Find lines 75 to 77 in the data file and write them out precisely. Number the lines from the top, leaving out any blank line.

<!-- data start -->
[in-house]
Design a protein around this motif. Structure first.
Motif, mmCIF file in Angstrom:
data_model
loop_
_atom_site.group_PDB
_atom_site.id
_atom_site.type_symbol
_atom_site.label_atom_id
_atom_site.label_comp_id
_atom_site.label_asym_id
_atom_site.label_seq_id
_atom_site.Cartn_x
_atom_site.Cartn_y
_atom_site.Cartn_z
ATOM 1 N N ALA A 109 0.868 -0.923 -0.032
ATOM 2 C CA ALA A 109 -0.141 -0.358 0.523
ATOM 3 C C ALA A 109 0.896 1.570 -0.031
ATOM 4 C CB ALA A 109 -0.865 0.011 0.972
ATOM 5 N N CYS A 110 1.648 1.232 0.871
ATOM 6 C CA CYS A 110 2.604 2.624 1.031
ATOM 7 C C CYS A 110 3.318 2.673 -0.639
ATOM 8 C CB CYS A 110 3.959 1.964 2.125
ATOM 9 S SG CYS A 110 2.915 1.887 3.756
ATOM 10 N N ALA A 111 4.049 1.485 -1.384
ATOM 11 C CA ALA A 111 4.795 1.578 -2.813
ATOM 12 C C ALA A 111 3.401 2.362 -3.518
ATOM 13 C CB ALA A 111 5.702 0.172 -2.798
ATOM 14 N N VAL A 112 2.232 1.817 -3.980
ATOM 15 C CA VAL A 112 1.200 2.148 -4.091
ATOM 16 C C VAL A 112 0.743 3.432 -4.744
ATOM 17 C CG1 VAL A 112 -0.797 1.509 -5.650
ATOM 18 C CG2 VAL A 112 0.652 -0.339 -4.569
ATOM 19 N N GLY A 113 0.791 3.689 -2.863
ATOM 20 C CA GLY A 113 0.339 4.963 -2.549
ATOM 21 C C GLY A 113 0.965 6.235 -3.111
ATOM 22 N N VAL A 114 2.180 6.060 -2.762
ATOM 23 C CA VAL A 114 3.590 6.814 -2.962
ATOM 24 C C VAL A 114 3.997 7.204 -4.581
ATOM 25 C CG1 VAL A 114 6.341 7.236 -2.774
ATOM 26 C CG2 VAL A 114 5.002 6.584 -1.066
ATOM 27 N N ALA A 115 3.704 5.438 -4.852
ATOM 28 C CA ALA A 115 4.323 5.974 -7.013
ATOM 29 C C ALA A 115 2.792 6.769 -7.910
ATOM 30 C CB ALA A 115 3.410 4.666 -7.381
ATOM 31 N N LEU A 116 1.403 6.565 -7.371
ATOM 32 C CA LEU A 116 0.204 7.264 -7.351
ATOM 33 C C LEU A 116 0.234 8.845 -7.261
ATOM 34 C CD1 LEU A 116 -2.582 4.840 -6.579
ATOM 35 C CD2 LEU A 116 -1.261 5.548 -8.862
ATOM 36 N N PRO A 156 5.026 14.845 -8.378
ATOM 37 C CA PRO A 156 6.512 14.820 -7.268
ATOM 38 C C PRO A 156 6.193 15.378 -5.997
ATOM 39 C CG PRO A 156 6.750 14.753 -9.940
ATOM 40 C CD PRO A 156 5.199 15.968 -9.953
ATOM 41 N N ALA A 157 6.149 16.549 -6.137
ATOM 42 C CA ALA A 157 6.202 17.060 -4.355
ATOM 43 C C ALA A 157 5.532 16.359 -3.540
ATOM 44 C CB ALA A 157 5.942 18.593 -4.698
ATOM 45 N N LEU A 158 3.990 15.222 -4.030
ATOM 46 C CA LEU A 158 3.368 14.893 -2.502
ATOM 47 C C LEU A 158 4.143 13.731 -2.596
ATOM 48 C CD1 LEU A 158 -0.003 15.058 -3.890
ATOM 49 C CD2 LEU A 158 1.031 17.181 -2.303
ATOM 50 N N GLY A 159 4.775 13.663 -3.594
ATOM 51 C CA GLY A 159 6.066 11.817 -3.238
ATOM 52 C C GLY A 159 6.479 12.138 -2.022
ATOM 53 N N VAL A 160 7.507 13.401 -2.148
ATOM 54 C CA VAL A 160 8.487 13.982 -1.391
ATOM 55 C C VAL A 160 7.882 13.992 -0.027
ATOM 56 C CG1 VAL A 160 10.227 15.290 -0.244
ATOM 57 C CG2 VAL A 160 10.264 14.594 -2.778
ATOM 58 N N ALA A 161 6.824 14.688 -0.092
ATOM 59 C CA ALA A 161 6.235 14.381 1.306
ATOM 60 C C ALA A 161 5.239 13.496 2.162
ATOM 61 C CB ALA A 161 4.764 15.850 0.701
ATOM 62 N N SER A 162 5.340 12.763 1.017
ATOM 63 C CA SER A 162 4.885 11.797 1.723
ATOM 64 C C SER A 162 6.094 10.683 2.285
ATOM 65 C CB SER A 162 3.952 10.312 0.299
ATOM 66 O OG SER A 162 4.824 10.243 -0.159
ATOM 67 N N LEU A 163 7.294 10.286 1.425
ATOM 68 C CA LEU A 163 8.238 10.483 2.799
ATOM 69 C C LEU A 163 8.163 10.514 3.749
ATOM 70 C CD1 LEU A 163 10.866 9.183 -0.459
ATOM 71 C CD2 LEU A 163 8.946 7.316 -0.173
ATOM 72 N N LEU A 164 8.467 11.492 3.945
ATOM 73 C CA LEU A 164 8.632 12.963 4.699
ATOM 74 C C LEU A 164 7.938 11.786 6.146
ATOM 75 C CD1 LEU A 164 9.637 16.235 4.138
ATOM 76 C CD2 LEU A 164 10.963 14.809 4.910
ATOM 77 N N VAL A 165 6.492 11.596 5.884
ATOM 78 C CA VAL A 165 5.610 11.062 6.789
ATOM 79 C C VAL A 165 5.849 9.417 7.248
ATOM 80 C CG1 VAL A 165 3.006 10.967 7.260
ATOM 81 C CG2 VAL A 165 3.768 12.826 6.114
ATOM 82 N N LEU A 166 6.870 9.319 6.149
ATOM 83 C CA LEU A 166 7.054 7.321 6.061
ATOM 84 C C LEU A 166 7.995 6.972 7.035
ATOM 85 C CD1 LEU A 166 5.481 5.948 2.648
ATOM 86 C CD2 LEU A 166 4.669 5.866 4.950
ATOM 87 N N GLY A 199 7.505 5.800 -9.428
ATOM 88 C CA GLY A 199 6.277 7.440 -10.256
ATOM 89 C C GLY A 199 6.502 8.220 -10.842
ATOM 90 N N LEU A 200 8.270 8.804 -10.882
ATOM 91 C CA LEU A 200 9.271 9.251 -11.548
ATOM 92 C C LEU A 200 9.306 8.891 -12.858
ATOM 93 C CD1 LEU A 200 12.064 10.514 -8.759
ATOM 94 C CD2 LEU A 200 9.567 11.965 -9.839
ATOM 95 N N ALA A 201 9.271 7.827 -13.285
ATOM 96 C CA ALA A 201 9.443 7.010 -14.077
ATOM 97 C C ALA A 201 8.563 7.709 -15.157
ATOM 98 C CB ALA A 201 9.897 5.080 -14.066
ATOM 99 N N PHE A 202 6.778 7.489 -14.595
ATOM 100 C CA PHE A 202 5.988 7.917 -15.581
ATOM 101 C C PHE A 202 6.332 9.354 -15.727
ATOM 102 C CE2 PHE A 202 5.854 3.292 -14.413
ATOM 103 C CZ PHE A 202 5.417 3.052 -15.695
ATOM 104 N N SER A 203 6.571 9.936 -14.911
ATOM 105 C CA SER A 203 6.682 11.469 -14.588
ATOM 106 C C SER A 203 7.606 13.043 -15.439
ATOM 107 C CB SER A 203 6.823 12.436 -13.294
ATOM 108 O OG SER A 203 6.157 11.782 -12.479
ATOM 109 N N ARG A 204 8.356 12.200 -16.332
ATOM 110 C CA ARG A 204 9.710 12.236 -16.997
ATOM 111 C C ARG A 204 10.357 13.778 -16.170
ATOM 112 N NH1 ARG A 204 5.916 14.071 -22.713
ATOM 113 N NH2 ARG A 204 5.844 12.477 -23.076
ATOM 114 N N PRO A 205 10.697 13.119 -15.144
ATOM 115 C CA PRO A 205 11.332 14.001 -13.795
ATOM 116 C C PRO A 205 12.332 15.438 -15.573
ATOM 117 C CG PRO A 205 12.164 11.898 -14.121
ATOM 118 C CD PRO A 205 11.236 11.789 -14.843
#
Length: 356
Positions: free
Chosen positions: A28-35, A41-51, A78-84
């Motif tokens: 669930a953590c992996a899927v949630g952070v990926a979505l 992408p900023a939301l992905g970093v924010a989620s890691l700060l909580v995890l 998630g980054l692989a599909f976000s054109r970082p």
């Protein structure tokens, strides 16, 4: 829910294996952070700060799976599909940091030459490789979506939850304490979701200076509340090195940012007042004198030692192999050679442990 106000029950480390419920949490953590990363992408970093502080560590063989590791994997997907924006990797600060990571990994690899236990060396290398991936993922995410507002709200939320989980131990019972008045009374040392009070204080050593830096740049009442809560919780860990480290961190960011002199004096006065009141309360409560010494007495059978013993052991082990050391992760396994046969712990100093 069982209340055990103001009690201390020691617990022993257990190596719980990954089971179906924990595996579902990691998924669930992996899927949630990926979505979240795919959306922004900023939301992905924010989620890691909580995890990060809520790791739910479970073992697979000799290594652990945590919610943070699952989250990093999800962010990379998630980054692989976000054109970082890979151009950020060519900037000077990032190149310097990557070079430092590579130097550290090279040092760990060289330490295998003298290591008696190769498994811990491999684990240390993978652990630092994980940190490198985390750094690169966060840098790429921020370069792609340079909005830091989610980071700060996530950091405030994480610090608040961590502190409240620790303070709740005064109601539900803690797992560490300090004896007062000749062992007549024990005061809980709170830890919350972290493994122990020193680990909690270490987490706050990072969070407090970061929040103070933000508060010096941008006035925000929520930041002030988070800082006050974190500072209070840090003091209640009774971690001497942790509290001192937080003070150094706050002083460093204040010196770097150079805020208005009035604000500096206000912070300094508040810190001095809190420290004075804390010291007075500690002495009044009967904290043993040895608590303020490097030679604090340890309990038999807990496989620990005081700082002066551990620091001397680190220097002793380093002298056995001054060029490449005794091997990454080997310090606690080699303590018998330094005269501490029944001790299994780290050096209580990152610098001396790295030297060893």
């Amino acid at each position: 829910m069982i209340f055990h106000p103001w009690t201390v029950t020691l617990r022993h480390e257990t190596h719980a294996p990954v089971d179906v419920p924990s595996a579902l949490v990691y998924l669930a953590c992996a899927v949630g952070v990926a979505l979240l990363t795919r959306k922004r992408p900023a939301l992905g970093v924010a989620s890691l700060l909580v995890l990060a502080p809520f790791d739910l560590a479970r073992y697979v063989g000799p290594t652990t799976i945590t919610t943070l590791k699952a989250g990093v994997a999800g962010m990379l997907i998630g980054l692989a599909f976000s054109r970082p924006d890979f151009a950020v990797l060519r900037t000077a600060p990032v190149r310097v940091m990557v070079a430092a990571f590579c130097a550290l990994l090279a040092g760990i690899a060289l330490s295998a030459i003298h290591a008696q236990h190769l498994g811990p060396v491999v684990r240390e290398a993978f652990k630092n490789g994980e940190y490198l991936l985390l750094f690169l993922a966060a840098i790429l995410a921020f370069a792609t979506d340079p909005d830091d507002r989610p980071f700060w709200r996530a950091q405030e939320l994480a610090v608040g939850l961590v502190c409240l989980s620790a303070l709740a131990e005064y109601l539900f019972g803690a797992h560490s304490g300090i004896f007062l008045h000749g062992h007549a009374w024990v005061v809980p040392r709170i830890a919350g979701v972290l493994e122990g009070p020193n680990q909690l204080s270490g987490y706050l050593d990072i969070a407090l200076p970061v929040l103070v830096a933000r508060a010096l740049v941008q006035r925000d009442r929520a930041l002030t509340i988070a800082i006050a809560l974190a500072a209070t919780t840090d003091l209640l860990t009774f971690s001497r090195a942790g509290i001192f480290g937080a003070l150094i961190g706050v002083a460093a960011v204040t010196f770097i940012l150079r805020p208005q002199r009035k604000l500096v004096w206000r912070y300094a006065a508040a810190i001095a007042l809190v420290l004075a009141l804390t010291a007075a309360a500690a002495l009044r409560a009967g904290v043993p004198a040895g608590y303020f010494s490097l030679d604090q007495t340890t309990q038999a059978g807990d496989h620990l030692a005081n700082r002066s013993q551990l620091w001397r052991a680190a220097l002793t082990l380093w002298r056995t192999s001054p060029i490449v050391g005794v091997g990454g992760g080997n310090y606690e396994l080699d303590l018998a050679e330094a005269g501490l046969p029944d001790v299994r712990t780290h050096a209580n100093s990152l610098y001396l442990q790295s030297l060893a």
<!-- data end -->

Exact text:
ATOM 60 C C ALA A 161 5.239 13.496 2.162
ATOM 61 C CB ALA A 161 4.764 15.850 0.701
ATOM 62 N N SER A 162 5.340 12.763 1.017